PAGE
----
A system for reading the characters of FIG. 1 in accordance with the invention is illustrated in FIG. 2. A scanner 101 scans a document of characters of the type illustrated in FIG. 1 and generates a document image. This image preferably is a block of binary data organized in vertical columns and horizontal rows of pixels wherein each binary bit represents a bi-tonal pixel in the image. A correlator 102 computes the product of the document image from the scanner 101 with a mask image 300 consisting exclusively of parallel vertical lines illustrated in FIG. 3 and stored in a memory 104 of FIG. 1. The mask image 300 is preferably another block of binary data organized in vertical columns and horizontal rows of pixels wherein each binary bit represents a pixel in the mask image 300.

As illustrated in FIG. 3, each vertical line 300a, 300b, 300c, etc. of the mask image 300 is one image pixel in thickness. All of the vertical mask lines 300a, 300b, 300c, etc. are uniformly spaced by a distance d equal tothe smallest interval between adjacent vertical segments in the characters of FIG. 1. Alternatively, the mask spacing d may be a common divisor of all the different intervals A, B, C, etc. employed in the set of all segmented characters corresponding to FIG. 1. Also, in an alternative embodiment, the width of the vertical mask lines 300a, 300b, 300c, etc. may be greater than one image pixel in those cases where the thickness T of each vertical segment of the characters of FIG. 1 is many image pixels.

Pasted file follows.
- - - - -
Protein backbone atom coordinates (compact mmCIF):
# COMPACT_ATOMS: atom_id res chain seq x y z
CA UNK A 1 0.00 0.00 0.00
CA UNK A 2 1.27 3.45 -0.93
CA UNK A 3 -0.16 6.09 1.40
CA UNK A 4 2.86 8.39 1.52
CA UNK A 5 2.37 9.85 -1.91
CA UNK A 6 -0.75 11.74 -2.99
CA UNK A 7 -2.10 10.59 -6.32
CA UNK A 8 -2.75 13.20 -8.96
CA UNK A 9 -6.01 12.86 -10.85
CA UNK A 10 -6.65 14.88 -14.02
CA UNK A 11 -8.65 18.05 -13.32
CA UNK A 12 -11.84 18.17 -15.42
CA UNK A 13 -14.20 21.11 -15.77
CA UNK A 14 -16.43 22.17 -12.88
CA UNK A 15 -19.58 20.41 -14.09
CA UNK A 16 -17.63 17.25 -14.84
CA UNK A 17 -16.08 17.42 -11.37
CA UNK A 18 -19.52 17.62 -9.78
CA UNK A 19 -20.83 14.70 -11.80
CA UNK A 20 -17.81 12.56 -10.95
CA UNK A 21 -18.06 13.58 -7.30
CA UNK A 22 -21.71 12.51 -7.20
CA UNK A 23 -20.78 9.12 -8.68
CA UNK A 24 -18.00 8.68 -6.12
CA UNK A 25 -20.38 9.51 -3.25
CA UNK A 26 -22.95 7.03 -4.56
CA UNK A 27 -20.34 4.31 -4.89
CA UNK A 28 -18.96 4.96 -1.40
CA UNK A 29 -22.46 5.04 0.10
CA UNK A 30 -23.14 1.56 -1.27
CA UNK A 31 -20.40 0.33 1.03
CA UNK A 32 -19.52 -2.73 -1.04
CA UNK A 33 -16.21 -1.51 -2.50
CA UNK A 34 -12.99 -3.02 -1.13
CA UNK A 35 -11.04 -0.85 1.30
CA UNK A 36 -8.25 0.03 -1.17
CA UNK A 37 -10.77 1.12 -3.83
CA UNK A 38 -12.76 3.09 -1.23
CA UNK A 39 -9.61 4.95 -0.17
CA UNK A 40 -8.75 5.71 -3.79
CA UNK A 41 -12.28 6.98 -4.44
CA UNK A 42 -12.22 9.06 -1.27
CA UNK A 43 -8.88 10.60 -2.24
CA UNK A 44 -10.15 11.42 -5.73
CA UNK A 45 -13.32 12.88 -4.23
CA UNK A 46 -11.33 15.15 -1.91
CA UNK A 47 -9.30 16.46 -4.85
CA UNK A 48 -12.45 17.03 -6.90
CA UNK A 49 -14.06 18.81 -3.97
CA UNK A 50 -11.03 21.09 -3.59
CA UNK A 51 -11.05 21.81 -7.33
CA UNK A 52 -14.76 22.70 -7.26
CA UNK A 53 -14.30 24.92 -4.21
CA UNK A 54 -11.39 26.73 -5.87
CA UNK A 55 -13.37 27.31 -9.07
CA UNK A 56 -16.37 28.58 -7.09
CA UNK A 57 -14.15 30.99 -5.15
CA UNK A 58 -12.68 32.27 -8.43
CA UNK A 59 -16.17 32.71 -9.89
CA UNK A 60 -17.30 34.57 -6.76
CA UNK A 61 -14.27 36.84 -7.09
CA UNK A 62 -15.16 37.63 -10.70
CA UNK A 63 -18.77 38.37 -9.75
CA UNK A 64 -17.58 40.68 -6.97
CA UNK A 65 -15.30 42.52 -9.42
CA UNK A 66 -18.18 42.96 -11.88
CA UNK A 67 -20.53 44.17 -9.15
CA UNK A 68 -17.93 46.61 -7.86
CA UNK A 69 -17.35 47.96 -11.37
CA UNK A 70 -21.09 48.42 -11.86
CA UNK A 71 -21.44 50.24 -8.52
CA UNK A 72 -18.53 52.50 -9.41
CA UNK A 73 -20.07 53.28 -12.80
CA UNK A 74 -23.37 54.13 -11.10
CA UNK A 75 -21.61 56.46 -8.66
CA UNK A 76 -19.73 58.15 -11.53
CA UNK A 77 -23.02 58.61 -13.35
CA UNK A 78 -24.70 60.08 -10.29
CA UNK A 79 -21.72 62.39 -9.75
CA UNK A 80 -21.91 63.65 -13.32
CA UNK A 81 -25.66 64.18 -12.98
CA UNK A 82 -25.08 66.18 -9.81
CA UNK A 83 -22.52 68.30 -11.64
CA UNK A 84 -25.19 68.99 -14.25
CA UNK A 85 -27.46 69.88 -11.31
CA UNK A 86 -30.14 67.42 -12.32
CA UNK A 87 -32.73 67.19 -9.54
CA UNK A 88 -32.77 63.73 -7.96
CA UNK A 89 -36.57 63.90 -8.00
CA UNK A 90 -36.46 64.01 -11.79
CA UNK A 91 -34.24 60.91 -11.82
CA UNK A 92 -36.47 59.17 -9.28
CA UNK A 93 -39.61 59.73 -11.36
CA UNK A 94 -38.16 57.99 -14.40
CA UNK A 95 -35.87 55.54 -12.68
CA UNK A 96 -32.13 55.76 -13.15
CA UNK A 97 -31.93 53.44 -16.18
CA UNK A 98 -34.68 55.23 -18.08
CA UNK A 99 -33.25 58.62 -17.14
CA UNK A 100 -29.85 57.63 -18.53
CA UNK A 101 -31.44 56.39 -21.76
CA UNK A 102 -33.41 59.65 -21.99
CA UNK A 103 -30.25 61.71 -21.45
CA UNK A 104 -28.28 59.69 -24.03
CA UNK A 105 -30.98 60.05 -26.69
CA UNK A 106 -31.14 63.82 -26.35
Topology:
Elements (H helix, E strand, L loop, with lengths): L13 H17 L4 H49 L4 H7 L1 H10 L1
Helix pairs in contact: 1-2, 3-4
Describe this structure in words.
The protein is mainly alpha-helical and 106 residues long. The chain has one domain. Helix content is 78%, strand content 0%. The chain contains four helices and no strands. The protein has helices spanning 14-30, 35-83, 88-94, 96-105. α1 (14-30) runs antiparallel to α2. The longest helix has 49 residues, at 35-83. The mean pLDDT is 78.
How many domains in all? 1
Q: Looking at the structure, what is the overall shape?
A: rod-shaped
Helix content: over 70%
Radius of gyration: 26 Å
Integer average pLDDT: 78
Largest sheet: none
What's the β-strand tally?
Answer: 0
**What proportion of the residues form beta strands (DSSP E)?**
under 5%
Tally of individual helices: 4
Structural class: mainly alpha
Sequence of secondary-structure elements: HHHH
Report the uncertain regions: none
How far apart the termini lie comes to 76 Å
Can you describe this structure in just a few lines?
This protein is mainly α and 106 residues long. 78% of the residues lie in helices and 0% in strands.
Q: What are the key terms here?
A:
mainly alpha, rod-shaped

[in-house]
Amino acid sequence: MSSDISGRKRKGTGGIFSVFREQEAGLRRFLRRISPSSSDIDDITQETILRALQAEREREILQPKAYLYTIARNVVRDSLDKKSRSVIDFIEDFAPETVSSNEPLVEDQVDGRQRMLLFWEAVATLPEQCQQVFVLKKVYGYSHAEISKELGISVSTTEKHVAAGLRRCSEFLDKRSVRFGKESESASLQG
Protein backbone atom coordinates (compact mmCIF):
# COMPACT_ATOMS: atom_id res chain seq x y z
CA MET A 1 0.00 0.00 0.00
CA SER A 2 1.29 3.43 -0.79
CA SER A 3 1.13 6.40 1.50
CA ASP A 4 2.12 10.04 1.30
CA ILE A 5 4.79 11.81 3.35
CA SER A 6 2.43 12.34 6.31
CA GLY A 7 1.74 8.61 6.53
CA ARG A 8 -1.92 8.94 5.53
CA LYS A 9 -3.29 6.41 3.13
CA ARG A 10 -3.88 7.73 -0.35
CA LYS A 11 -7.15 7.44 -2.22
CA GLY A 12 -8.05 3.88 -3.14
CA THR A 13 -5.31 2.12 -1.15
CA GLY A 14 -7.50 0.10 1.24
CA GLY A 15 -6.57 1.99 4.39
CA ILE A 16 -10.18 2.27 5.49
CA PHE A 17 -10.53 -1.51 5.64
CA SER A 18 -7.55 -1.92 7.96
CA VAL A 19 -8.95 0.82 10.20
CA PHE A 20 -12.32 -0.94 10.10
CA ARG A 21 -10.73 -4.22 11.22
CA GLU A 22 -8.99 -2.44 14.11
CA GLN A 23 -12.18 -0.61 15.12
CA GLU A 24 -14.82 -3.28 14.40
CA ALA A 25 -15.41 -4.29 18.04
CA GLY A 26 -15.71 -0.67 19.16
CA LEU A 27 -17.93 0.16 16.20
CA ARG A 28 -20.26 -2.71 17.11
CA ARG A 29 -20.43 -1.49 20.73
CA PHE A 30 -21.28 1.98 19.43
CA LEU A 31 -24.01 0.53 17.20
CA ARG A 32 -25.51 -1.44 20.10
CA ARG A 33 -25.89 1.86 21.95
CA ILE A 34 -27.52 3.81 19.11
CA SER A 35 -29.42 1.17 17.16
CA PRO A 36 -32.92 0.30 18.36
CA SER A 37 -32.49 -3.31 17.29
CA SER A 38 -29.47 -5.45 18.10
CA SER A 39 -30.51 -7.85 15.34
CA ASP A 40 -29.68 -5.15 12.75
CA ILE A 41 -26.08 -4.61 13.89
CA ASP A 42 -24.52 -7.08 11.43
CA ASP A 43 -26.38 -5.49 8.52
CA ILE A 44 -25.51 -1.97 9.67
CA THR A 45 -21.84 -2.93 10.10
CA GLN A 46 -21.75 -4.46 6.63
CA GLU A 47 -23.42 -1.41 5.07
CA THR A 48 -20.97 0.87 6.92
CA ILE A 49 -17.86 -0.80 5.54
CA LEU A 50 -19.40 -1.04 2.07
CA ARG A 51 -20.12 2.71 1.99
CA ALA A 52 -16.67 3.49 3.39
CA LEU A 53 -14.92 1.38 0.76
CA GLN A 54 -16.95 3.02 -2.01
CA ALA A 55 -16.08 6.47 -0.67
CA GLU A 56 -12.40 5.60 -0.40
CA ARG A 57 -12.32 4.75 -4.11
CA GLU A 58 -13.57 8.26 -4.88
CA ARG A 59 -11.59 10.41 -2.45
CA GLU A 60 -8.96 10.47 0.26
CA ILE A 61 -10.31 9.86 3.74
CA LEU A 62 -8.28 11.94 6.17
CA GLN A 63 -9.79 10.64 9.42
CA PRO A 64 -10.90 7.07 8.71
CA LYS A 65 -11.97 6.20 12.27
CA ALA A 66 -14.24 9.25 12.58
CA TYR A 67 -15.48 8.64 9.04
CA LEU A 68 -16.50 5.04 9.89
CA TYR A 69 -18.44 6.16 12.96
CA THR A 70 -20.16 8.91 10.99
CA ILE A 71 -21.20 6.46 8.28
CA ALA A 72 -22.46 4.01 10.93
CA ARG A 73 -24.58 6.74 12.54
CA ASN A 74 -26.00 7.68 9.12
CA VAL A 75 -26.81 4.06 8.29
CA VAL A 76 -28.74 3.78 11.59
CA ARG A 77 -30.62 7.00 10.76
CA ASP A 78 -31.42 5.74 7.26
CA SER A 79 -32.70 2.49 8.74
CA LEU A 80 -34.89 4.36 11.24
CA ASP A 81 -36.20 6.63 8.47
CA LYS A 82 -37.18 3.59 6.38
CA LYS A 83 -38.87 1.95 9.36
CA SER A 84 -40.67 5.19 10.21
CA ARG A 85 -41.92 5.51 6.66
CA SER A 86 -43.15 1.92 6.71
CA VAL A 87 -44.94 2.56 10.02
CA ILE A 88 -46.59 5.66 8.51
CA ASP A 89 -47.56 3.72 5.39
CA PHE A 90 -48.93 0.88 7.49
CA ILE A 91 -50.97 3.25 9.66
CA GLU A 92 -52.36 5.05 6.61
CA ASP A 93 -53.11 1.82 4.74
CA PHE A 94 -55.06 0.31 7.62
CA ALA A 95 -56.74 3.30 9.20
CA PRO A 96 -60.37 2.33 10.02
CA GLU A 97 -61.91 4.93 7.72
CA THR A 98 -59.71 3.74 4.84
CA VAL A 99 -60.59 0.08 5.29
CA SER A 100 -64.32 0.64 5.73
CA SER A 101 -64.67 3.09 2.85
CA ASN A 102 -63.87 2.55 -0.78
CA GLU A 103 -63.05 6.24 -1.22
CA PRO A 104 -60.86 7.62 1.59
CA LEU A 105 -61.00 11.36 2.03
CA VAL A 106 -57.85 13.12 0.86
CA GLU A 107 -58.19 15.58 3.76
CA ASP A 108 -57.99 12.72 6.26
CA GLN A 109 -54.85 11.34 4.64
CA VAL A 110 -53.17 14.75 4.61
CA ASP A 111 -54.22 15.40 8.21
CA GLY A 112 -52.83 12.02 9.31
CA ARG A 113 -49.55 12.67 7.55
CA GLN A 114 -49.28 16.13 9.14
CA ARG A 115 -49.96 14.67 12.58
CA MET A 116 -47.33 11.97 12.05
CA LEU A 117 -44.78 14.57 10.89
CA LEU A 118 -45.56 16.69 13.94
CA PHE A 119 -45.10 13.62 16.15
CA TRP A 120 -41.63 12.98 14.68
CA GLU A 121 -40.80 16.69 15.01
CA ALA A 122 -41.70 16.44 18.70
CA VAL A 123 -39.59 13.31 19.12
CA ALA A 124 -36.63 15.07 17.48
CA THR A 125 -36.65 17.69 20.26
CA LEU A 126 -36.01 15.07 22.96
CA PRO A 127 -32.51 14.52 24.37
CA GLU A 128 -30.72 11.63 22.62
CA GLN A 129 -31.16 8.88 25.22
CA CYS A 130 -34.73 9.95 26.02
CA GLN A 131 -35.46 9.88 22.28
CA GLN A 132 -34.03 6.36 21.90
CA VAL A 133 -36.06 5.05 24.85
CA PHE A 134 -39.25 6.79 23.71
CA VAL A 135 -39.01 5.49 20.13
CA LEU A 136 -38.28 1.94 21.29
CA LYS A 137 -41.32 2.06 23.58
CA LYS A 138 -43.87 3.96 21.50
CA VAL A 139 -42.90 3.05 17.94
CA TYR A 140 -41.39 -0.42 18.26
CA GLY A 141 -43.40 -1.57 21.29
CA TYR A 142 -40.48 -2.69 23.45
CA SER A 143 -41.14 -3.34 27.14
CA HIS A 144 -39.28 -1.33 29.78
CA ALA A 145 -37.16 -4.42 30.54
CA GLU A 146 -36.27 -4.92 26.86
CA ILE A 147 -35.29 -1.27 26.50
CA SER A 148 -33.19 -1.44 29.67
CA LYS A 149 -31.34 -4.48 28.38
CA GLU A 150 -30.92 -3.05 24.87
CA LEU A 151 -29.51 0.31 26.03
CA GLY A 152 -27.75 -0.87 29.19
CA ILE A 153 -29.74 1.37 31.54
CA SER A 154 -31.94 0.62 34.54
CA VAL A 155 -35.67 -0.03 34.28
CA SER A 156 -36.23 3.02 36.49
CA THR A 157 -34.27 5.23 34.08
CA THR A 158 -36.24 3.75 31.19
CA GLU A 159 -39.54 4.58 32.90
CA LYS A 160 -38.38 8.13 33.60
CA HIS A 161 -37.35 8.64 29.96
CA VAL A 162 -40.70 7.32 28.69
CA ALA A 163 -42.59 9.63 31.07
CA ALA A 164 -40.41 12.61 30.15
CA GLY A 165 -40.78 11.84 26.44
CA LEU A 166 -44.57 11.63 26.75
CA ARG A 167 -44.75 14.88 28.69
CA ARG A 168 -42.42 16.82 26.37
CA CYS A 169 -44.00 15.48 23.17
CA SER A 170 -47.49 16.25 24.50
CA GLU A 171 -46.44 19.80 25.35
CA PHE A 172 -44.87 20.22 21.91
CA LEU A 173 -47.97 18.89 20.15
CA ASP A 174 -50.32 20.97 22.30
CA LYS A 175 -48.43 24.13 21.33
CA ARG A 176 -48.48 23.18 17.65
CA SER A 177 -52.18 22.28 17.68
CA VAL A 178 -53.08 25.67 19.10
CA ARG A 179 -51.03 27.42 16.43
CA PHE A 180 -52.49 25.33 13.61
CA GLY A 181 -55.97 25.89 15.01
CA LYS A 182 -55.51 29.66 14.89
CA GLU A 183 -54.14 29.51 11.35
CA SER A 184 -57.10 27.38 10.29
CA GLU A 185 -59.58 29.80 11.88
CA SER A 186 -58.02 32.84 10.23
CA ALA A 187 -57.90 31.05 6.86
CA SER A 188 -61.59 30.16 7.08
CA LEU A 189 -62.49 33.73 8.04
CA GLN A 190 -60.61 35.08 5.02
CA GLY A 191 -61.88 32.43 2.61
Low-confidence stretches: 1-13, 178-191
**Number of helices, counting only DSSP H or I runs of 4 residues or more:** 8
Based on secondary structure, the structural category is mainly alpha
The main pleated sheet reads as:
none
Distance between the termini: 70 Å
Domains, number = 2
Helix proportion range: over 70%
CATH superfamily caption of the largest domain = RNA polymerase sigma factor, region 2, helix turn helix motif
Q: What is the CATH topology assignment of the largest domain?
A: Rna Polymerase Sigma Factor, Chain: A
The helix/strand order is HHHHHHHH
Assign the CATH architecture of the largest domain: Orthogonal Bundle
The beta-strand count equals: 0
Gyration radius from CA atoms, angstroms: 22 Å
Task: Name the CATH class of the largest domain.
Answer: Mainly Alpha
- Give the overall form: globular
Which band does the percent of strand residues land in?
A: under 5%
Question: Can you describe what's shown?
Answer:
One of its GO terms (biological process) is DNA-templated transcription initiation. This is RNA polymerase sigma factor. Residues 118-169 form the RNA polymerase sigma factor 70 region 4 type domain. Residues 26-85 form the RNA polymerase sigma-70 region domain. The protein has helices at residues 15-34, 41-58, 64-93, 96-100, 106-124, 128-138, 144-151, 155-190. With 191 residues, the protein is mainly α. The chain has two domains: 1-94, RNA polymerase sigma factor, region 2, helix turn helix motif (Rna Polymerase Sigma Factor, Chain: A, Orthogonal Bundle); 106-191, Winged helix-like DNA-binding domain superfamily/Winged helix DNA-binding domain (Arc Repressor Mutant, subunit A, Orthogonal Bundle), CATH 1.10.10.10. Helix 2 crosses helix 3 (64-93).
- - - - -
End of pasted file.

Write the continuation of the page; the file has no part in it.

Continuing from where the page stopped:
In order that the product of the document image 100 and the mask image 300 be useful, the correct horizontal position of the mask image 300 with respect to the document image 100 must first be found. The correct position is one in which each vertical segment 100a, 100b, 100c, etc. is centered on a corresponding one of the vertical mask lines 300a, 300b, 300c, etc., even if the vertical segment is skewed--not parallel--with respect to the mask line. The centering of a skewed vertical segment on a vertical mask line is indicated in dashed line in FIG. 3. To find this correct horizontal position of the mask image 300, the correlator 102 moves the mask image 300 horizontally across the document image 100 in incremental steps and at each step computes the pixel-by-pixel product of the document image 100 and the mask image 300. It should be noted that thedirection of movement of the mask image 300 with respect to the document image 100 may not be parallel with the direction of the horizontal pixel rows in the document image 100, particularly if the document image 100 is skewed as shown in FIG. 3. Preferably, the length of each of the incremental steps is a fraction of the spacing d between vertical mask lines.